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COMMENTARY: Brazil, Iran and the Road to the Security Council

SAO PAULO The attempt by Brazil’s government to participate in the international negotiations over Iran’s nuclear program could well be called “A Manual for Candidates to a Permanent Membership of the United Nations Security Council.”

Brazil’s diplomatic efforts with Iran  a country suspected of developing nuclear energy for military purposes  began at a meeting last year between President Barack Obama and Brazilian President Luiz Inácio Lula da Silva during the G8+5 summit in L’Aquila, Italy.

According to Robert Gibbs, Obama’s press spokesman, and Brazilian authorities, Obama said he had no objections whatsoever to Lula talking to Iranian President Mahmoud Ahmadinejad. But Obama suggested using the weight of commercial relations between the two countries to tell the Iranian leader that he should follow Brazil’s example (in Brazil, the ban on nuclear energy for military purposes is enshrined in the Constitution).

Lula and Ahmadinejad met in June 2009, when Obama was still holding out a hand to the ayatollahs. Lula acted according to Obama’s suggestion when he received Ahmadinejad in Brasilia. He acknowledged as everyone does “Iran’s right to pursue a nuclear program with peaceful intentions,” but immediately asked for “respect for the international agreements” and underlined the fact that “this is the road Brazil is following.”

Furthermore, he urged Ahmadinejad “to continue to engage countries interested in finding a fair and balanced solution to Iran’s nuclear question.”

“Engagement” is the key word in this affair. It was used to describe Obama’s new American diplomacy, particularly with regard to Iran, at least until the disputed elections in Iran last summer and the worsening domestic crisis that has ensued.

In Lula’s meeting with Ahmadinejad, the delicate subject of Ahmadinejad’s repeated denials of the Holocaust came up. Lula told his Iranian counterpart that to deny the Holocaust was bad, even for Iran itself. Ahmadinejad replied that he did not deny it, but only criticized what he considered Israel’s “political use” of it. Even so, Lula insisted that he should change his attitude.

“Who else is in a position to say such things to Iran’s president?” asked a top Brazilian diplomat by way of justifying a dialogue that has been sharply criticized by Brazil’s Jewish community, which is emphatically opposed to Lula’s proposed trip to Teheran, scheduled for May.

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Relations between Iran and the countries that are negotiating the nuclear question have deteriorated since Ahmadinejad’s visit to Brazil last year, which came soon after his disputed re-election. One result is the open difference of opinion on Iran between French President Nicolas Sarkozy and Lula, or between Lula and German Chancellor Angela Merkel.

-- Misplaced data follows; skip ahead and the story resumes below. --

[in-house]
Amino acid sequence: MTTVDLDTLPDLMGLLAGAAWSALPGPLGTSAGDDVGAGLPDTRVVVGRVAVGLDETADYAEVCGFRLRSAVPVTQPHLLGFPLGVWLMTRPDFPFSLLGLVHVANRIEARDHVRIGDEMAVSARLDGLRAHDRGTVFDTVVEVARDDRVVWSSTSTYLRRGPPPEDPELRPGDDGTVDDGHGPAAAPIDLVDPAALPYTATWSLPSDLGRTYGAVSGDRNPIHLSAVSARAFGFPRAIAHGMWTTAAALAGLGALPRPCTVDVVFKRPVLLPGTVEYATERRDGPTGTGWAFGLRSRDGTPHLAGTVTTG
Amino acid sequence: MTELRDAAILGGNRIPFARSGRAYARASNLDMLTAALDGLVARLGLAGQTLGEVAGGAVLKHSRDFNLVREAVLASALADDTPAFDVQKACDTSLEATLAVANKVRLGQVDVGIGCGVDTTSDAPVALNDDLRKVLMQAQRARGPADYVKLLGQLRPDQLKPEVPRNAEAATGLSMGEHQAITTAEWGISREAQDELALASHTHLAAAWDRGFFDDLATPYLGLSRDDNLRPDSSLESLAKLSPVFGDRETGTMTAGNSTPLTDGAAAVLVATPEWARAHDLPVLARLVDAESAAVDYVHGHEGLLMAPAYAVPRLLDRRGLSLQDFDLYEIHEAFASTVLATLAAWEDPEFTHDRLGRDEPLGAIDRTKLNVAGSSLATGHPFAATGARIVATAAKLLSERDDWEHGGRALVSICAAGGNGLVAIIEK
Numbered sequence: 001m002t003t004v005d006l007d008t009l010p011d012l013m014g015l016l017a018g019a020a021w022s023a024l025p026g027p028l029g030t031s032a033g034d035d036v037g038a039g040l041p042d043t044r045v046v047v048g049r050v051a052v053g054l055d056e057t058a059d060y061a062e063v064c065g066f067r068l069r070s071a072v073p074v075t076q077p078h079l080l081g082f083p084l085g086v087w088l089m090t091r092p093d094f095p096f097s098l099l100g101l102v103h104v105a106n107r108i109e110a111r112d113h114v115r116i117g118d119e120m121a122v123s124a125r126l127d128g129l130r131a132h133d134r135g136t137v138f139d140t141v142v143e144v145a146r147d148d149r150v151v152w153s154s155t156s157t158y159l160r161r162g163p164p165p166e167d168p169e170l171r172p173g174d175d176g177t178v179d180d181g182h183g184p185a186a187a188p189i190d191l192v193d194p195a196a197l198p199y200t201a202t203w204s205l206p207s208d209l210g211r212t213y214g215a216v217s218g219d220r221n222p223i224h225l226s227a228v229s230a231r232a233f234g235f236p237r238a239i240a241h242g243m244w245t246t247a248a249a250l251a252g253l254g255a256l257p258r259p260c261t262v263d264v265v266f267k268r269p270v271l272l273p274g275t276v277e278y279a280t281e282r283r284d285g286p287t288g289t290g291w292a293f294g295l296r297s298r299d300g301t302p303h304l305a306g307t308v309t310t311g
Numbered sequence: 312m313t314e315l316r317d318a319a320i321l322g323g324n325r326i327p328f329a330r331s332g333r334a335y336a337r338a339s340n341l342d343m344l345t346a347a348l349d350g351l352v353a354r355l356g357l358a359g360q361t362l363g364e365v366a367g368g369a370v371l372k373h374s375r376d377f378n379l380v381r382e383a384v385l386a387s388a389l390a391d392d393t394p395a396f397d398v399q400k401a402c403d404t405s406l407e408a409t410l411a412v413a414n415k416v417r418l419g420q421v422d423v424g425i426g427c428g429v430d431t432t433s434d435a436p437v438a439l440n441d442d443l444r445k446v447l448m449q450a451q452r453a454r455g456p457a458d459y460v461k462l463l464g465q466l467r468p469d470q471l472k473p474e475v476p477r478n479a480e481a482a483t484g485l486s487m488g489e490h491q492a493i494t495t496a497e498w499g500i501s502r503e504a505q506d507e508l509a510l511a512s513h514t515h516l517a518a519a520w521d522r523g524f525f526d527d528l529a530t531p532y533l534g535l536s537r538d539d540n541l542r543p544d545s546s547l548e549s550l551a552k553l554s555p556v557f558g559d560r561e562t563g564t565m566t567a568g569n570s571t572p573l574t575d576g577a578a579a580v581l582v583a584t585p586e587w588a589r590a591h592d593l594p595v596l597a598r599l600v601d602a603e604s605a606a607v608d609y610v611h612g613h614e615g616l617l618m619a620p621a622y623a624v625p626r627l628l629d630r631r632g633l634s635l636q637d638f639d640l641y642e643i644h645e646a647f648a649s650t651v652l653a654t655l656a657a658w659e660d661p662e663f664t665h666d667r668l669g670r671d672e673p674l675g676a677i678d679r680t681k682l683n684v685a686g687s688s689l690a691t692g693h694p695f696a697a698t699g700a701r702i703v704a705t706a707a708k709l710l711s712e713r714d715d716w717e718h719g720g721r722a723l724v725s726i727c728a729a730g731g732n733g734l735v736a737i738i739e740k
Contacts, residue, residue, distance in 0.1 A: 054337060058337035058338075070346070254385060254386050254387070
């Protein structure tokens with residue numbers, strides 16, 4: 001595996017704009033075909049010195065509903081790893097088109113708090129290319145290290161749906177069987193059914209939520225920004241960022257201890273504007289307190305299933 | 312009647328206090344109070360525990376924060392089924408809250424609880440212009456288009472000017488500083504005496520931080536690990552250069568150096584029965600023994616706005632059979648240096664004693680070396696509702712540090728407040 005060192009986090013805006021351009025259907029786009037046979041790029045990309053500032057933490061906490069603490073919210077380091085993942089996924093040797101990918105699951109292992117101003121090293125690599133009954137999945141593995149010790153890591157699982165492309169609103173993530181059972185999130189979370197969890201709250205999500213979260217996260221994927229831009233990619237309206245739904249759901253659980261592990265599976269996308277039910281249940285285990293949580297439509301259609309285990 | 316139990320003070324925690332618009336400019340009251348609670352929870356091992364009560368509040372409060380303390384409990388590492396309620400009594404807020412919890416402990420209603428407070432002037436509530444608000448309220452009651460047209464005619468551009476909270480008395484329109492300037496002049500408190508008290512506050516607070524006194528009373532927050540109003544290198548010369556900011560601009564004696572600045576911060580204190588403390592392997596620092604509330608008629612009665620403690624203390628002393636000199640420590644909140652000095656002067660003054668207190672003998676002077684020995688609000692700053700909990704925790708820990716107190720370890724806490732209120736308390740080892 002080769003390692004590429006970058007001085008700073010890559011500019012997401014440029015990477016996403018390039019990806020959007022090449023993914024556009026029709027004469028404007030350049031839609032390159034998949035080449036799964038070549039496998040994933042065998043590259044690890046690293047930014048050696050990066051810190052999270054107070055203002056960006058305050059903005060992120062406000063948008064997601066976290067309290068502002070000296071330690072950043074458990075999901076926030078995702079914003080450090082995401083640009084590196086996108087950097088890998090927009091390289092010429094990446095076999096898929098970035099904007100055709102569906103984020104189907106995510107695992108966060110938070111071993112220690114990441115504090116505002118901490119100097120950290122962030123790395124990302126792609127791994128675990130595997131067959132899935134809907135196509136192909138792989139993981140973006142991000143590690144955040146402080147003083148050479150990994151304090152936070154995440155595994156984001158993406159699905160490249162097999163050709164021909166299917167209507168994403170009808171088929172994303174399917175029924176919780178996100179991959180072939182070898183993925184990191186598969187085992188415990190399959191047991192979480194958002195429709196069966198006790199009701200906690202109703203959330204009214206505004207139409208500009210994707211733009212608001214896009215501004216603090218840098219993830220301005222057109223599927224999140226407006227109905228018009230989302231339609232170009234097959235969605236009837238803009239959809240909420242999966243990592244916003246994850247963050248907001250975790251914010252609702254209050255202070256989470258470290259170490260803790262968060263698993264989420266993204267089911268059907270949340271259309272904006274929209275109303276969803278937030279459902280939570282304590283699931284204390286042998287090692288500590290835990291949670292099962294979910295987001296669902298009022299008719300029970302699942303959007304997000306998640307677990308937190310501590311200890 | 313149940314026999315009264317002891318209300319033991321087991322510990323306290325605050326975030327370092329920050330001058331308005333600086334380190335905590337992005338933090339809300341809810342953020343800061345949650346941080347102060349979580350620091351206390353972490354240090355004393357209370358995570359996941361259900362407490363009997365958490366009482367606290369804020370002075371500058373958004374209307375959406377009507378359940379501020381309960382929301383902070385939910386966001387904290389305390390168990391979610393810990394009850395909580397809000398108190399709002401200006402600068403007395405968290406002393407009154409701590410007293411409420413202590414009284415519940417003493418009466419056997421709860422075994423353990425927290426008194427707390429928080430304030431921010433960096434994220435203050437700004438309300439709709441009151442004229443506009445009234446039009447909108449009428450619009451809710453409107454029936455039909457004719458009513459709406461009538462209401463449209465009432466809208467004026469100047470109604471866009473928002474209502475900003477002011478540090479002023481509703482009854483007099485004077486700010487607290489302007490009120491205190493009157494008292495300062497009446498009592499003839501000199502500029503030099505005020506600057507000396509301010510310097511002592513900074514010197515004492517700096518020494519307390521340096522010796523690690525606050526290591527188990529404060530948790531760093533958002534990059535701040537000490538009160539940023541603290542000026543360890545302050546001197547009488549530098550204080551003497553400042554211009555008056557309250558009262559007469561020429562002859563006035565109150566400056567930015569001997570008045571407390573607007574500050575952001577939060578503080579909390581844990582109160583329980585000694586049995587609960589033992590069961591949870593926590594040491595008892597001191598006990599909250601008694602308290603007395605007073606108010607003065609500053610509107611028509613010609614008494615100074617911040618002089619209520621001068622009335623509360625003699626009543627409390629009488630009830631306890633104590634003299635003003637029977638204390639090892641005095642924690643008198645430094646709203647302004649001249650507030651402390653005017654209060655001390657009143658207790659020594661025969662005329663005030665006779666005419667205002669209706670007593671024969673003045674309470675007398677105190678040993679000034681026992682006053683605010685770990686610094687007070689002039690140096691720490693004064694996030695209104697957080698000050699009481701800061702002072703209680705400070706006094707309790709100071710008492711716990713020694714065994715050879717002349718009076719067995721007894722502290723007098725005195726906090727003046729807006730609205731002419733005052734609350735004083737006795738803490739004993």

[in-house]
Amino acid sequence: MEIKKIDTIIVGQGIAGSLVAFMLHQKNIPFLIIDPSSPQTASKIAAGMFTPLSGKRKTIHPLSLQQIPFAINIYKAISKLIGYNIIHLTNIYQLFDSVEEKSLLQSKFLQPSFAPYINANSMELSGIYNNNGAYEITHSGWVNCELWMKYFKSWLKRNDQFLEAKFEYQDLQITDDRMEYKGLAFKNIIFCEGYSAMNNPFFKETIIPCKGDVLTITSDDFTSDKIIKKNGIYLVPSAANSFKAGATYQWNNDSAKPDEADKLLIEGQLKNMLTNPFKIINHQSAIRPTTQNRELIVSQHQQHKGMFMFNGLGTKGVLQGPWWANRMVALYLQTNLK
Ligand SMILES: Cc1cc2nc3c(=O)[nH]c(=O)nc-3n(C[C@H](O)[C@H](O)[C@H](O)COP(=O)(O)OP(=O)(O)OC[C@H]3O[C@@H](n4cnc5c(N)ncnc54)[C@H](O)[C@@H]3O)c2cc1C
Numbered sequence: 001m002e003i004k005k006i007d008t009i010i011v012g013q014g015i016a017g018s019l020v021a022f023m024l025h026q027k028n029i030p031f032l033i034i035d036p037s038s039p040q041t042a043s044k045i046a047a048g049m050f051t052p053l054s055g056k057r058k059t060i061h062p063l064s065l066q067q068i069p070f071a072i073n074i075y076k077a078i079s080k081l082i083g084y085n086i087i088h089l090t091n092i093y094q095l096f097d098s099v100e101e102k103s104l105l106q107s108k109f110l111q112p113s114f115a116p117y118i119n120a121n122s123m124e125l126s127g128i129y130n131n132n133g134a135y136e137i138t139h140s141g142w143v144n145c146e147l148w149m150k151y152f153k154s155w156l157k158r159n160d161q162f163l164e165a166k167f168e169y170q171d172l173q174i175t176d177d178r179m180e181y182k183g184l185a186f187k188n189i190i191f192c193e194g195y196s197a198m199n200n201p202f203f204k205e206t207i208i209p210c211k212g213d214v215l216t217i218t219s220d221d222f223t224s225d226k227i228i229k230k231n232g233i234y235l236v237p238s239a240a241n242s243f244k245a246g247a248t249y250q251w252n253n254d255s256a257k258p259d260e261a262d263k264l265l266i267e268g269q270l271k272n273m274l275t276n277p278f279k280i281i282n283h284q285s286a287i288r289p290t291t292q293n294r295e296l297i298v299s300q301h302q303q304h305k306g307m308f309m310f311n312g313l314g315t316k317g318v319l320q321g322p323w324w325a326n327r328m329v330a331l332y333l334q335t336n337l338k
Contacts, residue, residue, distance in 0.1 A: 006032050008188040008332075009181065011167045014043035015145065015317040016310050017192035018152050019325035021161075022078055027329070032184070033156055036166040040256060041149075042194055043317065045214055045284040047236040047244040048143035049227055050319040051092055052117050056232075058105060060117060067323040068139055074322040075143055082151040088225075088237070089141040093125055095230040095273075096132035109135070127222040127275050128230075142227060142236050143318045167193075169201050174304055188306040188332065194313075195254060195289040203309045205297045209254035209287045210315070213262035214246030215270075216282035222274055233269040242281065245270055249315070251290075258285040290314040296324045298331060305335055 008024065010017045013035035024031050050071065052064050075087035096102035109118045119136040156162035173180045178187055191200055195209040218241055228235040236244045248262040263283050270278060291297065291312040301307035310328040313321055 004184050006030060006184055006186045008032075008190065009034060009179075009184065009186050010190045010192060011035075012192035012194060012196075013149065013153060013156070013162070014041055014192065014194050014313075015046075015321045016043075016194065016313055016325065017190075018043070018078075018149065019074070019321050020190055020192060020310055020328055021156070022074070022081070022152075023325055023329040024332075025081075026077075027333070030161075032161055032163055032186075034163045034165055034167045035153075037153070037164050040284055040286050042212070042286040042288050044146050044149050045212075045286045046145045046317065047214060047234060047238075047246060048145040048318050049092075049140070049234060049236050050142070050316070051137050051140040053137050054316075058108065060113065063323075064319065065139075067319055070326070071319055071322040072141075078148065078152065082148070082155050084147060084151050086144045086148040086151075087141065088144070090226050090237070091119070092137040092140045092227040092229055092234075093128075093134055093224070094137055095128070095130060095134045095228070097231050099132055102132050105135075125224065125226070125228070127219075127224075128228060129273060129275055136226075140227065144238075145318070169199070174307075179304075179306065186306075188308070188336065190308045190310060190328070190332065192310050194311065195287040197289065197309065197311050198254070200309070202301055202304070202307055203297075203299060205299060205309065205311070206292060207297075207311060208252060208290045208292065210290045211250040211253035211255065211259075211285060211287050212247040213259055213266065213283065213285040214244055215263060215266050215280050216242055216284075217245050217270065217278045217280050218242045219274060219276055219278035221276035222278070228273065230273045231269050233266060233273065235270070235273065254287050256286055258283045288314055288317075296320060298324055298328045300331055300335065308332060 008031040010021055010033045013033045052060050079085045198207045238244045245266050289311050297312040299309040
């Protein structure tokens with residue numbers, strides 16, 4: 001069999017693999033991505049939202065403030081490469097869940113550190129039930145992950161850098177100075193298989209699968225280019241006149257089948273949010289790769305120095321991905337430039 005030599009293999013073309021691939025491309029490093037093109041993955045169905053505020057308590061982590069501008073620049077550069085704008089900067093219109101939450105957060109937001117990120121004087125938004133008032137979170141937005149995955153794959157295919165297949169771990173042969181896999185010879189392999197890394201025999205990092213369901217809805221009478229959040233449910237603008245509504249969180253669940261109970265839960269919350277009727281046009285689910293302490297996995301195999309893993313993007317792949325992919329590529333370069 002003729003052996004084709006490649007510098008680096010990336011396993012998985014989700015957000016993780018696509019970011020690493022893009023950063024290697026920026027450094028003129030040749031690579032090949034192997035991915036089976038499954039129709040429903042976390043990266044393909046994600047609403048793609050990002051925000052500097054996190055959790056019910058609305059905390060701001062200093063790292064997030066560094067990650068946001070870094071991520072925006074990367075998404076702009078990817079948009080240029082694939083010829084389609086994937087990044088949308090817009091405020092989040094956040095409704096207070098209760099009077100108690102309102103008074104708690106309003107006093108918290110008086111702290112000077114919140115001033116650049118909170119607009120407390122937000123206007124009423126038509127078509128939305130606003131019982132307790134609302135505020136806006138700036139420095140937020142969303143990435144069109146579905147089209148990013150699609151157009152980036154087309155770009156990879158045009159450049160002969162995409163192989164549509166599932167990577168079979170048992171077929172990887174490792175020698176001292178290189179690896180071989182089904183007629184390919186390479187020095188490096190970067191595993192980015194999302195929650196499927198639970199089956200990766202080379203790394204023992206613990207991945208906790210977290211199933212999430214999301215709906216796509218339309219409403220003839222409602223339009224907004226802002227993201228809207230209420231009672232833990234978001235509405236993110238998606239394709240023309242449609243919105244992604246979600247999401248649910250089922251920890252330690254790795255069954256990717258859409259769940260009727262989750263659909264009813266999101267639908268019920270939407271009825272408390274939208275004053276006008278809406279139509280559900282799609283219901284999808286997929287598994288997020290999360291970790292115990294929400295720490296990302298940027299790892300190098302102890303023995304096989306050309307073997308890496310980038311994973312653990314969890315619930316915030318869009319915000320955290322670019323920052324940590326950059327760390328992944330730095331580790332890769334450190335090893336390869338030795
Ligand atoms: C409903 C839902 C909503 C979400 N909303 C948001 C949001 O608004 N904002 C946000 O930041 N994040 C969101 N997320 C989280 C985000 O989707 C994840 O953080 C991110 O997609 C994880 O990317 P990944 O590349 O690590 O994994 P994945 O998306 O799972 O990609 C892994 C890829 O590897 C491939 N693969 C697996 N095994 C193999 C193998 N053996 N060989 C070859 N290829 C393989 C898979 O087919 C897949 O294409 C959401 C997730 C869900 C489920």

During his meeting in Berlin with Merkel last December, Lula insisted on the Brazilian government’s traditional position: sanctions, such as those that the United States strongly advocates, lead to nothing; the best way forward is dialogue. The Brazilian president asked for “more patience” in the talks with Iran.

The German Chancellor replied that she was “losing” her patience “with the Iranian leaders after “four years of negotiations in, which no progress was made.” But Brazil insisted on the path of dialogue and began talking with other stakeholders in the Iranian question, such as Turkey, whose foreign minister, Ahmet Davutoglu, recently staked out a similar position. “We want the Middle East to be prosperous and stable, governed by political dialogue and diplomacy,” Davutoglu said after a visit to Teheran. “Iran’s contribution will be very important in bringing this about.”

But Brazil’s government has also begun to criticize, albeit weakly, Iran’s performance on human rights. At first, Lula minimized the seriousness of the incidents that occurred after Ahmadinejad’s re-election and went so far as to compare them to a dispute between football fanatics. This led to a clash with Sarkozy when Lula visited Paris soon after Iran’s post-election crisis began. While Lula didn’t repeat his comparison with a football game, neither did he criticize the repression, unlike Sarkozy, who did so strongly.

Brazil’s current criticisms of Iran, along with a request for dialogue with the opposition, weak as they may be, represent a change of position, which reflects the absolute priority of Brazilian diplomacy: permanent membership of the Security Council. Brazilian officials know that they can achieve this goal only by acting independently but without diverging too far from the positions of the current permanent members. They also know that, except for China, all of them are critics of Iran, and are determined to find a solution to the nuclear question, whether through dialogue or some other means, if “patience is lost,” as Merkel suggested.

Clóvis Rossi is a Columnist for Folha de Sao Paulo and a member of its Editorial Board. Copyright: Project Syndicate, 2010. www.project-syndicate.org

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